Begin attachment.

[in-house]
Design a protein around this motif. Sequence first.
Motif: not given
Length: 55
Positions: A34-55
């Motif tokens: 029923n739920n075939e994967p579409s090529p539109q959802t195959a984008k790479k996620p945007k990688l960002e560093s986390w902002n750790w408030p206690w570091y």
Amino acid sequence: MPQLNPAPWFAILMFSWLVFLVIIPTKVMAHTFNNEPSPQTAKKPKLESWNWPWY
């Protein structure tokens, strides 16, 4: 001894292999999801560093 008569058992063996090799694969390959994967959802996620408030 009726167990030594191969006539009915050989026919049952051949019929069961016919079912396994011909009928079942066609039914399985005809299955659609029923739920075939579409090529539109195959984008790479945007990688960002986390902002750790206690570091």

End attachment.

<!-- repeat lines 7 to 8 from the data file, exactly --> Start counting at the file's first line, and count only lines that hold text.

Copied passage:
Amino acid sequence: MPQLNPAPWFAILMFSWLVFLVIIPTKVMAHTFNNEPSPQTAKKPKLESWNWPWY
């Protein structure tokens, strides 16, 4: 001894292999999801560093 008569058992063996090799694969390959994967959802996620408030 009726167990030594191969006539009915050989026919049952051949019929069961016919079912396994011909009928079942066609039914399985005809299955659609029923739920075939579409090529539109195959984008790479945007990688960002986390902002750790206690570091």